As frustrated as I was, she dove right into an action plan. She prescribed me a progesterone injection once a week in my hip to keep my levels high enough to carry the baby to term. Attachment.png

With my first pregnancy I had the hardest time not delivering early. I had a different doctor back then, who never thought to check my progesterone levels- so I was constantly in the labor and delivery room having my labor stopped. At 28 weeks I started dilating. By 33 weeks I was at 4cm. By 35 weeks I was at a 6. I was placed on bed rest and a contraction stalling medication for the last month of my pregnancy, ultimately delivering her at 36 weeks. She was healthy- but the whole ordeal was a bit stressful for me and Brett.

This time around is proving no different. My doctor has been super proactive and covered everything preparing for a premature baby..it doesn’t take my fear away..but it helps a ton. This week I had a serious of steroid shots that are designed to mature the babies lungs and get her ready to breathe on the outside. As painful as they were to actually get- I’m so relieved to not have to worry about my baby having breathing troubles if she decides to come early. Along with those shots, they gave me a shot to boost the baby’s immune system- since premies tend to be more susceptible to infections.

So now we are in a waiting game. Hoping she cooks for another 7 weeks at least, but prepared if she decides to come sooner. This whole experience has been so humbling. I’ve had a great support system, and a ton of support from family and friends. Attachment_1.png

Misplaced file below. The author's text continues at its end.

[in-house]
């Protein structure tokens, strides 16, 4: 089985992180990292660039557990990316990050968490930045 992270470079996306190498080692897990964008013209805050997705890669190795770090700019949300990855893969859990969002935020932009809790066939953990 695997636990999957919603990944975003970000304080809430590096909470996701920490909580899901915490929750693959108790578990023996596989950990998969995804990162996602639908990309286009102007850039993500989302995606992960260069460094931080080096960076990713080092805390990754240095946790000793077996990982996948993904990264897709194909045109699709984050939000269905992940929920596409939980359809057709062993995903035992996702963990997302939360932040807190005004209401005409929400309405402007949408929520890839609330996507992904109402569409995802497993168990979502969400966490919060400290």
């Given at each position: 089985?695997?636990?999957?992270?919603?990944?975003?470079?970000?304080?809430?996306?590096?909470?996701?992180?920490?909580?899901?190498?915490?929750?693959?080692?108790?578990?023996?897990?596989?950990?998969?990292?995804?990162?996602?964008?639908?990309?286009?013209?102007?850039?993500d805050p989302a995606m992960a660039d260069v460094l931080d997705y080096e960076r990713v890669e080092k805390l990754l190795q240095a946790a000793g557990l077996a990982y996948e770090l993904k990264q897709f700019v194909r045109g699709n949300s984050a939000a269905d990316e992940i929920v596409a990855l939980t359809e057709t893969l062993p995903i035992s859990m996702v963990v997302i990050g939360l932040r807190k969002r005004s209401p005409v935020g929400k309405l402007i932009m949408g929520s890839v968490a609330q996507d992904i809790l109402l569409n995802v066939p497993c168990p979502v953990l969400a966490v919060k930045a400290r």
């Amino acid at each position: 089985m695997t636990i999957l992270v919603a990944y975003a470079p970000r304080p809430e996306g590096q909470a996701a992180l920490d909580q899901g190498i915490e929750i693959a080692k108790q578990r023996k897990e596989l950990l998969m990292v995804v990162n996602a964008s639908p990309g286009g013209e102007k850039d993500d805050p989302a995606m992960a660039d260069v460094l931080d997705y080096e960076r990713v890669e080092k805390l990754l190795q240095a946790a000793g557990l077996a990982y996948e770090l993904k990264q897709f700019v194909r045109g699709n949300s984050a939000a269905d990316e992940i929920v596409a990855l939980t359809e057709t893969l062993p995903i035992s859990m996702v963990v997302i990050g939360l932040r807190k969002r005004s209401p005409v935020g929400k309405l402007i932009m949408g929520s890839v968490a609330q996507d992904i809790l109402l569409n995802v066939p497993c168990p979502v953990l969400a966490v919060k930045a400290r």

Before I went through this, I never realized how common issues like mine are. Why isn’t it talked about more? I’ve spent countless hours online trying to find information and testimonials from other women who’ve gone through this, only to discover it’s fairly common…yet unheard of at the same time!? This needs to change. Early miscarriages, and premature births could go down tremendously if more women knew to ask their doctors to check for low progesterone. Remember, 1 in 4 women will suffer from a miscarriage. That number is way to high. Especially when its something like I have that is treatable if caught early enough. Attachment_2.png

Start talking. If you’re planning on trying for a baby, have your progesterone level checked, most women go their whole adult life not even knowing where they stand. Low progesterone levels cause irregular or heavy periods. I suffered for years, thinking it was normal. So if you’re suffering from either of those- get checked out! It’s a simple blood test, and like I’ve stated before, it’s treatable.

If this helps even one baby or mamma, I’ll be satisfied. Everything starts with a a conversation.

~Andrea